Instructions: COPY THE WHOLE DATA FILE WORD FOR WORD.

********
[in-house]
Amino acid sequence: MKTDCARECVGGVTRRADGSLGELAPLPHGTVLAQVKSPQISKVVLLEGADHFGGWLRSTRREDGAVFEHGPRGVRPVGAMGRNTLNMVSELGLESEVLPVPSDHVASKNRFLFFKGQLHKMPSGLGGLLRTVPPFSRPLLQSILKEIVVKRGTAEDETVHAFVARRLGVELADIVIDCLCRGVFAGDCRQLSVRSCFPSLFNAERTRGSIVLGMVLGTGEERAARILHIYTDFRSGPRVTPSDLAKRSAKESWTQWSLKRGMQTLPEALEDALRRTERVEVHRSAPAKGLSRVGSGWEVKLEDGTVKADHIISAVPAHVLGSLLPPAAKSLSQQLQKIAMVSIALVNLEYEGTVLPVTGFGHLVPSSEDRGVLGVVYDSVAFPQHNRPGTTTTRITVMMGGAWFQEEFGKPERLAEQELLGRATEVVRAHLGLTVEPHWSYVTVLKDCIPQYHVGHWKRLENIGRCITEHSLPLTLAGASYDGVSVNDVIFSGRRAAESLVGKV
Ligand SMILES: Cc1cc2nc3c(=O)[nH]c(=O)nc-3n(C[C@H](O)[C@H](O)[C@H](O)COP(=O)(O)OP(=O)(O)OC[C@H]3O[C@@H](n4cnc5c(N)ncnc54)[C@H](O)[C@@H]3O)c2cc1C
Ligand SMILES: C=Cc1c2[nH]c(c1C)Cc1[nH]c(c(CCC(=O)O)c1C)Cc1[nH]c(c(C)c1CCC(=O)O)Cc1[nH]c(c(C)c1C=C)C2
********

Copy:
[in-house]
Amino acid sequence: MKTDCARECVGGVTRRADGSLGELAPLPHGTVLAQVKSPQISKVVLLEGADHFGGWLRSTRREDGAVFEHGPRGVRPVGAMGRNTLNMVSELGLESEVLPVPSDHVASKNRFLFFKGQLHKMPSGLGGLLRTVPPFSRPLLQSILKEIVVKRGTAEDETVHAFVARRLGVELADIVIDCLCRGVFAGDCRQLSVRSCFPSLFNAERTRGSIVLGMVLGTGEERAARILHIYTDFRSGPRVTPSDLAKRSAKESWTQWSLKRGMQTLPEALEDALRRTERVEVHRSAPAKGLSRVGSGWEVKLEDGTVKADHIISAVPAHVLGSLLPPAAKSLSQQLQKIAMVSIALVNLEYEGTVLPVTGFGHLVPSSEDRGVLGVVYDSVAFPQHNRPGTTTTRITVMMGGAWFQEEFGKPERLAEQELLGRATEVVRAHLGLTVEPHWSYVTVLKDCIPQYHVGHWKRLENIGRCITEHSLPLTLAGASYDGVSVNDVIFSGRRAAESLVGKV
Ligand SMILES: Cc1cc2nc3c(=O)[nH]c(=O)nc-3n(C[C@H](O)[C@H](O)[C@H](O)COP(=O)(O)OP(=O)(O)OC[C@H]3O[C@@H](n4cnc5c(N)ncnc54)[C@H](O)[C@@H]3O)c2cc1C
Ligand SMILES: C=Cc1c2[nH]c(c1C)Cc1[nH]c(c(CCC(=O)O)c1C)Cc1[nH]c(c(C)c1CCC(=O)O)Cc1[nH]c(c(C)c1C=C)C2